Fianna Fáil has suffered another blow with the resignation of one of its most senior politicians on Cork County Council, current mayor of County Cork Alan Coleman.
Cllr Coleman said he had made the decision to resign from Fianna Fáil with great regret but he felt he had no option given his treatment by the party over the past year. “I feel very let down by the party – there is no room for dissent in Fianna Fáil – that is clear from how I was treated by the party leadership over recent months.”
Mr Coleman, from Belgooly, west Cork, had hoped to run for the party in Cork South West, but said it had been made clear to him that the party leadership did not want him to run. He did not allow his name go forward for selection at convention because he felt it was being made clear to him that delegates were being directed to vote for another candidate.
Last week Fianna Fáil delegates selected first-time county councillor Margaret Murphy O’Mahony to be the party’s standard bearer in Cork South West in the next general election.
“It was clear to me that headquarters did a deal which would have ensured that I would not get through convention if I were to go to convention,” said Mr Coleman. “I feel the party don’t value my contribution in terms of politics locally, and if a party doesn’t value your contribution then you would have to question why you would stay in such a party.”
He said he had informed party hierarchy of his decisions as well as Fianna Fail members on Cork County Council, where he has served as a councillor for 24 years.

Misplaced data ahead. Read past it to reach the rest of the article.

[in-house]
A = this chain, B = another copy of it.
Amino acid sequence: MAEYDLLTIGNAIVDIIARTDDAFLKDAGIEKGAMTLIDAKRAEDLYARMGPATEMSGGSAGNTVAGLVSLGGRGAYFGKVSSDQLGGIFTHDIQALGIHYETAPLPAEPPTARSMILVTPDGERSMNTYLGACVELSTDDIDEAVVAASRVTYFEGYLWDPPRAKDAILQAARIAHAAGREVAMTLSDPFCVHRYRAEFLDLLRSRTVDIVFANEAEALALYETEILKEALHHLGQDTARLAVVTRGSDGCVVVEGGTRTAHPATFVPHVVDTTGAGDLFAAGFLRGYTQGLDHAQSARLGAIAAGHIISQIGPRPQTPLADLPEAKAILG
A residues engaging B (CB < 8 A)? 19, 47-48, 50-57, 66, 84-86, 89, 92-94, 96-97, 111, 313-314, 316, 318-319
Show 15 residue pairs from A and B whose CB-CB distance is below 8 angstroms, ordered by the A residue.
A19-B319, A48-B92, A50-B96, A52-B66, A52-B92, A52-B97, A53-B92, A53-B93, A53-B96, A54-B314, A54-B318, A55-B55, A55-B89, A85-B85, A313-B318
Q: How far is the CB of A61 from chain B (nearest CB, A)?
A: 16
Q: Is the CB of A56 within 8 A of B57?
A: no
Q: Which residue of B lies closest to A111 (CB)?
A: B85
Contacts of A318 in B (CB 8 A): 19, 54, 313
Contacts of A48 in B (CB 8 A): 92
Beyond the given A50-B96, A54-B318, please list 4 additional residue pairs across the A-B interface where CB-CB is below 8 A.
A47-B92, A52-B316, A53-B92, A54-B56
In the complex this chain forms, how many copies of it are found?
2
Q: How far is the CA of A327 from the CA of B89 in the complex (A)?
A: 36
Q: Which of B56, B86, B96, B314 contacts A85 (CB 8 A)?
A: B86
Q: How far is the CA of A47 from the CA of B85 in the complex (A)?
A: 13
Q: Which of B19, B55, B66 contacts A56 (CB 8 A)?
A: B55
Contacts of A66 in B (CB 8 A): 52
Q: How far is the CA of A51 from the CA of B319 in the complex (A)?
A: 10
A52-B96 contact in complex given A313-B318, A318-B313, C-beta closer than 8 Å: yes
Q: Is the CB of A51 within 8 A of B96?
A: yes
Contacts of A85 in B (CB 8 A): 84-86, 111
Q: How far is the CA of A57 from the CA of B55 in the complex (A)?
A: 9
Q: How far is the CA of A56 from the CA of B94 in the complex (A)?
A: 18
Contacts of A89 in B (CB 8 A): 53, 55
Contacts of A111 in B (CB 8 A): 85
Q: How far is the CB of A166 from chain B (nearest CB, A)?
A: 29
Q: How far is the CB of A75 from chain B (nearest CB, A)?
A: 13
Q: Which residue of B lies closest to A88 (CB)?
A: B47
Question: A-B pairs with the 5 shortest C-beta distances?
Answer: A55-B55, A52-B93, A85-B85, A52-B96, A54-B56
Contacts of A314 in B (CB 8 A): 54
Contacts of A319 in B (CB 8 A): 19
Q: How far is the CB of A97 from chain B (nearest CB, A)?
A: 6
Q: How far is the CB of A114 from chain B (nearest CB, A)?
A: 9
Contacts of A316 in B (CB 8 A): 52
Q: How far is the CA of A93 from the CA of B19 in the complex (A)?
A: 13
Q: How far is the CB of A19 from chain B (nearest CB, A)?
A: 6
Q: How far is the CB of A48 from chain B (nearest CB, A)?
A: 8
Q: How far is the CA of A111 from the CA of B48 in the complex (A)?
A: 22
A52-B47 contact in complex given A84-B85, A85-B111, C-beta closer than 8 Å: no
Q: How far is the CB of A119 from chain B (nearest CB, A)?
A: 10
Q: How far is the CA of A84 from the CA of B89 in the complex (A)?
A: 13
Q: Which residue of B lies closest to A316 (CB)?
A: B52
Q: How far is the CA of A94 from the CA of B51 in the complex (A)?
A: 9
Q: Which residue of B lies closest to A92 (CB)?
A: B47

He said he was also disillusioned with the party's policies. "Travelling throughout Cork county as mayor in recent months I have observed a palpable air of dissatisfaction with the lack of vision and leadership of Fianna Fáil. Fianna Fáil is clearly lacking policies that will improve the country we live in...rural Ireland has been decimated by the present Government and Micheál Martin has failed to react."
Mr Coleman said he felt Mr Martin had done a good job in reorganising the party but "unfortunately he has not re-engaged the party which needed stronger leadership".
While he disagreed with Mr Martin politically in terms of Mr Martin’s failure to progress the party, on a personal level he bore him no animosity. “Micheál Martin is a very personable guy and I’m a reasonable personable guy myself, so we haven’t had any falling out, but politically I think he has taken the party as far as he can take it.”
He ruled out running for any other party, and said while he had great respect for Renua leader Lucinda Creighton he would be standing as an Independent in all future elections.
He was under no illusion as to the magnitude of the task facing him in trying to win a seat as an Independent in three-seat Cork South West.
Fine Gael currently hold two seats and Labour hold the third, and with Fianna Fáil, Sinn Féin and other Independents running, he accepted he faced a stiff challenge to win a seat.
“Since 1991 every time I stood for public election I have been returned, and I would relish the opportunity of representing the views of Cork South West effectively in Dáil Éireann.”